I must confess that I am not a drifter. Eventhough I had in my possession a 1993 Nissan 180SX that I drove almost everyday to college and work for four years, I did not try to drift even once. Well perhaps just once where instead of drifting, I managed to spin almost 360 degrees and almost slammed into building.
Being not able to drift does not stop people from enjoying watching other people drift. Drift events have mushroomed all over the world in the past couple of years; from the USA to Europe and even South East Asia. The Formula D franchise also has competition rounds in Kuala Lumpur and Singapore, giving more exposure to the sport of drifting.
Speed City Kuala Lumpur, a local drift track opened it’s doors in the early 2011 as a venue for drifters to have fun and hone their skills under a safe and controlled environment. In Malaysia, these kind of tracks a dime in a dozen; I know of only two or three more than is suited for drifting and is accessible to the masses. The man behind Speed City is no other than the Prince of Drift himself, Tengku Djan Ley, a veteran world class drifter with a long list of drifting accolades to his name.
The Saturday night drifting started way before 2011, prior to that it was done at several other places; mostly rented parking lots and karting circuits that eventually ceased to host these drifting events. Determined to let drifters do their thing safely and let others enjoy the sport as well, a dedicated venue was founded and the rest as they say is history.
It has been almost a year that Speed City embraced drifters almost every Saturday night. 2012 is set to be the year that Speed City expands its reach to include other attractions such as a half-pipe for skateboarders as well as live football (soccer) matches within the venue. I don’t think these attractions would deviate from the main sport which is drifting, in fact it would complement the whole setup as it would provide something for (mostly) everybody who comes to Speed City.
Who could not be at least a little bit excited to watch a couple of cars being driven seemingly out of control and yet somehow make graceful and controlled slides. Smoke is minimal in most instances due to the wet nature of the track to help the drivers break traction, but is fun to watch nonetheless as tyres were screaming for their lives and exhausts spitting fire.
Hot and humid weather is the norm in Kuala Lumpur, more so on the tarmac drifters kill tyres faster than you can say terima kasih (thank you in Malay). A generous dash of water ensures the drifters get their tail out fairly easily.
Raymie Jay, one of our contributing photographers is a regular at Speed City. Here you can see his fluorescent tinged sneakers as he sits through some wet drifting fun. These drift events held almost regularly is dubbed Saturday Night Drift Assault and would feature individual as well as team drifting. Crowds aplenty, filling the stands with loud cheers as the drifters thrill the spectators with awesome sideways action.
Safety is paramount as the spectators are protected by a line concrete-filled barrels with a row of tyres helping to lessen any blows if the drifters came too close. Casualties do happen, but fortunately only to the cars and egos.
Not only the crowds that are a prominent feature of the event, famous drifters also came to have fun as well. Here we could see Takahiro Ueno of D1GP and Vertex fame and Kiki Sak Nana a top drifter from neighbouring Thailand enjoying themselves at Speed City with Tengku Djan Ley himslef and Wanbro.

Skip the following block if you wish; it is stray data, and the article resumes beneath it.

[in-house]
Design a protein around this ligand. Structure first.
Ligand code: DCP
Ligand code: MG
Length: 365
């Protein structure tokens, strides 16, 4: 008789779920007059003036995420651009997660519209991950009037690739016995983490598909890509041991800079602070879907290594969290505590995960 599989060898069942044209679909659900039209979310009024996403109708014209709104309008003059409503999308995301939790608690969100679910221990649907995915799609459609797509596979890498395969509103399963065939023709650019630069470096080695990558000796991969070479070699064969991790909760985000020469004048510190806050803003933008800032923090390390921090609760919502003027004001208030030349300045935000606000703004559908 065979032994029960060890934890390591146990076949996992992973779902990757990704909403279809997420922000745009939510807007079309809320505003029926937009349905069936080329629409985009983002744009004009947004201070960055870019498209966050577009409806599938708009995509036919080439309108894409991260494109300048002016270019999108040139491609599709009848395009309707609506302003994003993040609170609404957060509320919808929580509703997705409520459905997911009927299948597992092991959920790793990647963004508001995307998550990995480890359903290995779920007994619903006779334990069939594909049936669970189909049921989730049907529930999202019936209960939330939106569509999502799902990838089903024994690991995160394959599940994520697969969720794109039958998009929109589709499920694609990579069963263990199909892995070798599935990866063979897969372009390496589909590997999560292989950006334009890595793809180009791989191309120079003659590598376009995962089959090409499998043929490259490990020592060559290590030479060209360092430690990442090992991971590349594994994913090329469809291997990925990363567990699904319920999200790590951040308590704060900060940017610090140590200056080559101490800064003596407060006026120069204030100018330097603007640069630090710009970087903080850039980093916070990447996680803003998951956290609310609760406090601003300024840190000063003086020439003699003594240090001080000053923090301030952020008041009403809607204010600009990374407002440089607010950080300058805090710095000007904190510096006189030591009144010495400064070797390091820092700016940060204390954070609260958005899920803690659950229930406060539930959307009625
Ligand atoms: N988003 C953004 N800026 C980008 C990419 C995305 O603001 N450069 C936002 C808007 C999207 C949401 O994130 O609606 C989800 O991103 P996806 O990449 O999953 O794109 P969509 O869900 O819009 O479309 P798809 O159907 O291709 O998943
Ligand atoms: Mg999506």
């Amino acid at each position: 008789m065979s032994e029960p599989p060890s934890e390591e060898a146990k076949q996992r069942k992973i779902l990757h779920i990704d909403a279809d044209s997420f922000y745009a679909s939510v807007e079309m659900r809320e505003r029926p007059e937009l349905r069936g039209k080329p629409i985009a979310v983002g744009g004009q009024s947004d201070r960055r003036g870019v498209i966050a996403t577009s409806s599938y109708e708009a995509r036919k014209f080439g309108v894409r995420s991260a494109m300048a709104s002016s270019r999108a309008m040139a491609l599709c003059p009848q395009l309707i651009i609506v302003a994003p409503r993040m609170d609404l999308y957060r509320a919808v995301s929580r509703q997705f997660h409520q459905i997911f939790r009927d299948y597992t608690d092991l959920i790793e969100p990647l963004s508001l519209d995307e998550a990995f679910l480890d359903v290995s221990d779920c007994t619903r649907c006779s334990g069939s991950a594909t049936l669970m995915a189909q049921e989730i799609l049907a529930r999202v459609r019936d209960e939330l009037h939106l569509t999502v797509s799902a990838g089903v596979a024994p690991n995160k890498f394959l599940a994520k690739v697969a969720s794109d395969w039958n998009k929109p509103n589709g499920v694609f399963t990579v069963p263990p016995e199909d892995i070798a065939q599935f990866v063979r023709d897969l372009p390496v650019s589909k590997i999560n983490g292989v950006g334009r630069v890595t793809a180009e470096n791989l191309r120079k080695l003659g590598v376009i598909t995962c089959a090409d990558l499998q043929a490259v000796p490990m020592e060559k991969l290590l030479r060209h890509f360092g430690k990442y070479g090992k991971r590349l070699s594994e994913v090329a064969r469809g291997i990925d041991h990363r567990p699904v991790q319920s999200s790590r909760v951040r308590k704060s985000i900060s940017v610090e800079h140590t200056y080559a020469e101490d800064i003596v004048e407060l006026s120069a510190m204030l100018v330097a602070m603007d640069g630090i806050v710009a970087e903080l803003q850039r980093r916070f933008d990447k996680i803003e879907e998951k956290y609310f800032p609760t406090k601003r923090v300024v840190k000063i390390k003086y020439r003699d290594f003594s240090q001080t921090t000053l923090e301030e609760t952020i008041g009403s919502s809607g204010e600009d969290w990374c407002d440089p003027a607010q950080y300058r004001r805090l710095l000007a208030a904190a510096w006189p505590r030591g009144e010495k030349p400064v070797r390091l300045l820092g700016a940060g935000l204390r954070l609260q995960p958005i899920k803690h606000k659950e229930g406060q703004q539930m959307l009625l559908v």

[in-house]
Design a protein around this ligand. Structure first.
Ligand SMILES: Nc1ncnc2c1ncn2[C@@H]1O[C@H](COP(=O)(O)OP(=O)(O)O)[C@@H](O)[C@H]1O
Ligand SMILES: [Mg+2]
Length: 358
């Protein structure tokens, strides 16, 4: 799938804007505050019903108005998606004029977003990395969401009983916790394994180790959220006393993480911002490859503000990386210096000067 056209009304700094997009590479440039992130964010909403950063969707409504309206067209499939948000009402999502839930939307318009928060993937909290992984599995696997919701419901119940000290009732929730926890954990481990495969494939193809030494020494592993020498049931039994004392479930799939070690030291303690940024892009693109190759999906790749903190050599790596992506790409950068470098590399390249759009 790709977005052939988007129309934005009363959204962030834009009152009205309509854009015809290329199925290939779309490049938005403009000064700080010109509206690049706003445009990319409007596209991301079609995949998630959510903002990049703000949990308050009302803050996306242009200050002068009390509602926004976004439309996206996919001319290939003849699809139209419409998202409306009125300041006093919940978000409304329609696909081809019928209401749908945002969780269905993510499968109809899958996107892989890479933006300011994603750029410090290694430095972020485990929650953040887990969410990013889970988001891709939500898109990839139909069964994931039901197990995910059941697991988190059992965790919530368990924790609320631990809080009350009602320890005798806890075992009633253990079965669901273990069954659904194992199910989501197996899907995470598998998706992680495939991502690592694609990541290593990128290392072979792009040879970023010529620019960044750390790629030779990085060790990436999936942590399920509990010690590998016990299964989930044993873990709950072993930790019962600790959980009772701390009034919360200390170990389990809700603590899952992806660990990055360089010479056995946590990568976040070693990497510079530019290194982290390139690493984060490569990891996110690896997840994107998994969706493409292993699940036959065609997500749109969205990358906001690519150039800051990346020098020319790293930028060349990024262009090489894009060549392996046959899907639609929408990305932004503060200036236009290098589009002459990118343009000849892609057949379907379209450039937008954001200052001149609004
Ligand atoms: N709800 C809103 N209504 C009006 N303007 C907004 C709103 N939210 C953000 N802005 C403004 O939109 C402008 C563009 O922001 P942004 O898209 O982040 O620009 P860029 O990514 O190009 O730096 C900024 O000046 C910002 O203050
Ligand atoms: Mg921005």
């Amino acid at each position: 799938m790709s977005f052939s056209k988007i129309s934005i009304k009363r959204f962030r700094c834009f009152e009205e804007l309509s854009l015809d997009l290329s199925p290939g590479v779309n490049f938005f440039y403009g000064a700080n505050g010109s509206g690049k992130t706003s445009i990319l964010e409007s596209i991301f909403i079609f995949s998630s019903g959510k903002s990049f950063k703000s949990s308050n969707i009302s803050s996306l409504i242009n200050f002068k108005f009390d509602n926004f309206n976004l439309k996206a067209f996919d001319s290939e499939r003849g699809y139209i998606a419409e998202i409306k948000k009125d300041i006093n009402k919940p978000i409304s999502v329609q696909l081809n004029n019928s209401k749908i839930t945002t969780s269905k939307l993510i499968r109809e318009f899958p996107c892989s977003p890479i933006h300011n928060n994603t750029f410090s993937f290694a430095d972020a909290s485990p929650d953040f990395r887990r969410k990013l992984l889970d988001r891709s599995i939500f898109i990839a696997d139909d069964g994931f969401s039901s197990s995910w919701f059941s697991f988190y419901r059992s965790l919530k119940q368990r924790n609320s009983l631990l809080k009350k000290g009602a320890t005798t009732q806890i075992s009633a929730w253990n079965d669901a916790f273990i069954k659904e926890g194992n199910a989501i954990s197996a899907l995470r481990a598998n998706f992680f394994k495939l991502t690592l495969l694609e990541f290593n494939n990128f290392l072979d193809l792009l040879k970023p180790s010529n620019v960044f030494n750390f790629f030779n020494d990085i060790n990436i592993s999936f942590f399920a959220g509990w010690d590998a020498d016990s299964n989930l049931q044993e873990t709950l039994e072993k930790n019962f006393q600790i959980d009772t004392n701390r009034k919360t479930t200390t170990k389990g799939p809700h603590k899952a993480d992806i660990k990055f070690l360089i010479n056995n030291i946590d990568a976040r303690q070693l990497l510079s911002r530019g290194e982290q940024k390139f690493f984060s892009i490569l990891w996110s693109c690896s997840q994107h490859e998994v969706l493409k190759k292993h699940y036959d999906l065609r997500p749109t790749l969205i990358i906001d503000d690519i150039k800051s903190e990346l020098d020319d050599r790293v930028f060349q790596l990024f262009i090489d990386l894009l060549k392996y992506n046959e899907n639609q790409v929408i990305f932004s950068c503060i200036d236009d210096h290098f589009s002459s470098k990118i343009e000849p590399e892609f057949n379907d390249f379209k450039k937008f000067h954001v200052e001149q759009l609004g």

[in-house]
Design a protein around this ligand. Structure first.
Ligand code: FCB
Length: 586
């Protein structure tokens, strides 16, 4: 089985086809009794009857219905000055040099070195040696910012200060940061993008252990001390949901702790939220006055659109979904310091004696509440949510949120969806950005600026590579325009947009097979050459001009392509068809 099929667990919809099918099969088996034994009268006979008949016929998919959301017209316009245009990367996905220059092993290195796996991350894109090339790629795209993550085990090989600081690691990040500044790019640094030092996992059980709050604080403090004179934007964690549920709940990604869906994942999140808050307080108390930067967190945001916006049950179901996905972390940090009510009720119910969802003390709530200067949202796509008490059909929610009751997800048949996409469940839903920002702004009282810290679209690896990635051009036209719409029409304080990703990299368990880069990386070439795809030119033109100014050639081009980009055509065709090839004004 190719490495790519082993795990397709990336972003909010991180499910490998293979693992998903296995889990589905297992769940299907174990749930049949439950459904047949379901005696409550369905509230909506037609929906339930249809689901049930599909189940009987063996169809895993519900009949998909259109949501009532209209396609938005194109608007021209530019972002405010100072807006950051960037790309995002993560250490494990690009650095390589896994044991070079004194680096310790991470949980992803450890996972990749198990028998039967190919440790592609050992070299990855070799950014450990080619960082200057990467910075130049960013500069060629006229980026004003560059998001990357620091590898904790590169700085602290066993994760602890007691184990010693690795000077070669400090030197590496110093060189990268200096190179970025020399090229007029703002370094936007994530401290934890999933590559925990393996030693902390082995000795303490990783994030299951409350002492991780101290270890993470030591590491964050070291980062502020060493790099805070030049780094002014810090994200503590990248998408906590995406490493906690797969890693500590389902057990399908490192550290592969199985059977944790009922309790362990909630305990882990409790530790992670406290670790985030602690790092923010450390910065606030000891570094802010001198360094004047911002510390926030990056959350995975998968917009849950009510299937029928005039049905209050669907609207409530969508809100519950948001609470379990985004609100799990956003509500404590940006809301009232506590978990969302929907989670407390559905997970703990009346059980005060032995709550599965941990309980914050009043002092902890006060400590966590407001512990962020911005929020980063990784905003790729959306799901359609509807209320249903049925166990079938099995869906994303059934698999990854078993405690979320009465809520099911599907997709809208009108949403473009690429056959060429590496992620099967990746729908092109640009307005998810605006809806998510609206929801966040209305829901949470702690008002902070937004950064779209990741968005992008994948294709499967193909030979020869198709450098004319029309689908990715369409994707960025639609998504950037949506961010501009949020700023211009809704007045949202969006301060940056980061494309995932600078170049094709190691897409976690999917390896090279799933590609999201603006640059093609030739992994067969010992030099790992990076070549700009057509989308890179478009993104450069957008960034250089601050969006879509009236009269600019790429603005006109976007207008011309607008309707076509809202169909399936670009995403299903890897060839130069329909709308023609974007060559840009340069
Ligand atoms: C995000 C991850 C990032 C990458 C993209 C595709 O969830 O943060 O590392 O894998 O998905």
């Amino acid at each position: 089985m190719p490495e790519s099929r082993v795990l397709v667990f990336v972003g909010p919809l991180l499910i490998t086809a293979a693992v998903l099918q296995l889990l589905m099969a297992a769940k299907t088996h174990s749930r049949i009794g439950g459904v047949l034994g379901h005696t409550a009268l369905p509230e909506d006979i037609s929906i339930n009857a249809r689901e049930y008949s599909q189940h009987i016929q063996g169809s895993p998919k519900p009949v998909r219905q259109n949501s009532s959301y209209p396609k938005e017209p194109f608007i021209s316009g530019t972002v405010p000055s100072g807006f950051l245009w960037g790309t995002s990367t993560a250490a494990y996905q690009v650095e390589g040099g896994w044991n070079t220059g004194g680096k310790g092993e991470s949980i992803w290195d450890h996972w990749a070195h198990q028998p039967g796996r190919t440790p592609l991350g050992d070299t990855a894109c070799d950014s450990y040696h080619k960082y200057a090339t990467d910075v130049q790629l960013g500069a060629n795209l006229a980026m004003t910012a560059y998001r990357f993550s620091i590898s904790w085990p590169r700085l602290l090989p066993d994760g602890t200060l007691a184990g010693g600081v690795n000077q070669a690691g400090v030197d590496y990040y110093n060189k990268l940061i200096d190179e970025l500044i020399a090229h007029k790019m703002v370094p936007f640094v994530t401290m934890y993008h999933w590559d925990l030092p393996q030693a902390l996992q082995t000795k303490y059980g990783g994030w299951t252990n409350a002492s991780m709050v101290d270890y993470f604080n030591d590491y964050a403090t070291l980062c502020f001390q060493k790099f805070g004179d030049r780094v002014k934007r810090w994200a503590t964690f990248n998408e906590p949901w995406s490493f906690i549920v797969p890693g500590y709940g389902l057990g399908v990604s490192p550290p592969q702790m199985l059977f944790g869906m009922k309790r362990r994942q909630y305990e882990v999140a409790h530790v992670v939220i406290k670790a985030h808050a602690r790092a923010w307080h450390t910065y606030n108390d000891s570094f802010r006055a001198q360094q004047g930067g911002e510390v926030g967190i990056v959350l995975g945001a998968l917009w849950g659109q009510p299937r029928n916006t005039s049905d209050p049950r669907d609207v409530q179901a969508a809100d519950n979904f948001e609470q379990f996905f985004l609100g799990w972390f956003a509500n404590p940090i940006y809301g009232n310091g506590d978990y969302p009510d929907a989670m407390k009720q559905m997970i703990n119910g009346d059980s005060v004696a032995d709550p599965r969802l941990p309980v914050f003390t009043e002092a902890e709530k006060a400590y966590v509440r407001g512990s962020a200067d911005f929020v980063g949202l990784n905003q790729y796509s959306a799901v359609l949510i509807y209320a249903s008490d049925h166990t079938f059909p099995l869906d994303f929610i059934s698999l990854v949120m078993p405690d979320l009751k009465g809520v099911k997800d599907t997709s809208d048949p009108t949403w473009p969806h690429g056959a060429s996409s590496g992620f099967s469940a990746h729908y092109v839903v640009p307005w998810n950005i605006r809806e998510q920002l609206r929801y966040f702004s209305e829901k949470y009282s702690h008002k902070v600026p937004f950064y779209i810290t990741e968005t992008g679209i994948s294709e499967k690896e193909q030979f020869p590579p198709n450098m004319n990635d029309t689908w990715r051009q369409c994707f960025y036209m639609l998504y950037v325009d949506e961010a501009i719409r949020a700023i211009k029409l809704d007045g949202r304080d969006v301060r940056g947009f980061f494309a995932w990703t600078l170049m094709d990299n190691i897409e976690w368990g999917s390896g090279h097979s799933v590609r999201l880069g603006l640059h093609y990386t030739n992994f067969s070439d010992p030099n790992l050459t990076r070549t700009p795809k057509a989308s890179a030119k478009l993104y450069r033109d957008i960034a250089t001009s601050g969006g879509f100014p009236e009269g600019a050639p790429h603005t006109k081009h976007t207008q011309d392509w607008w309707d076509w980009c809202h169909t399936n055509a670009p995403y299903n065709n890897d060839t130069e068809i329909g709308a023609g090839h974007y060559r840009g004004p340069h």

Car clubs would also converge into Speed City on Saturday nights not only to join in the spectacle but as a sideshow for others to gawk and ogle at the cars. These Honda EGs are part of the clubs that gathered weekly, with different clubs attending every Saturday.
Even biker groups joined in for some smokin’ fun. Here we can see bikers from the Soul Riders and Desperado MG.
Amidst all the fun of drifting, everyone one get hungry at some point of the night. Here, the drifters’ favourite burger stand dishing out some patties to fill the hungry tummies. The drift nights can stretch into the wee morning and sustenance is clearly a must for these adrenalin junkies. Burger-fueled drifting at its best.
Moving sideways at speed while keeping your front bumper near the other car can be quite exhilarating, perhaps even addictive. I’m sure the sense of achievement of being close to the other drifter during drifting would be awesome while the poor passenger will have one helluva heart-stopping experience. Practice makes perfect and tracks such as Speed City can only make the sport of drifting better.
Favourites are the Nissan S-chassis but we also regularly see various other cars from street legal roadcars to missile cars. The Toyota KE70 is also a staple in the Malaysian drift scene as it can be had cheaply and, in the early days of drifting, abundantly. Nowadays it is difficult to find a mint KE70 driven by an uncle living in the kampung as most of the KE70s would have already been bought and brought over to the dark side.
This is Nana, the resident MC and the voice of Speed City. She adds a little femininity to the predominantly male drifters. There are a few Malaysian lady drifters, notably Jane who with her hubby are regulars to these Saturday night drifts.
There will be another Saturday Night Drift Assault this week. If you’re in Kuala Lumpur and in the mood to see tyres eaten for dinner and supper, please do drop by. Even better, if you have access to a drift car (be it a missle car or a road legal one), get in contact with the guys at Speed City to book a slot for a night of drifting fun. Keep drifting fun!
Photos: Raymie Jay
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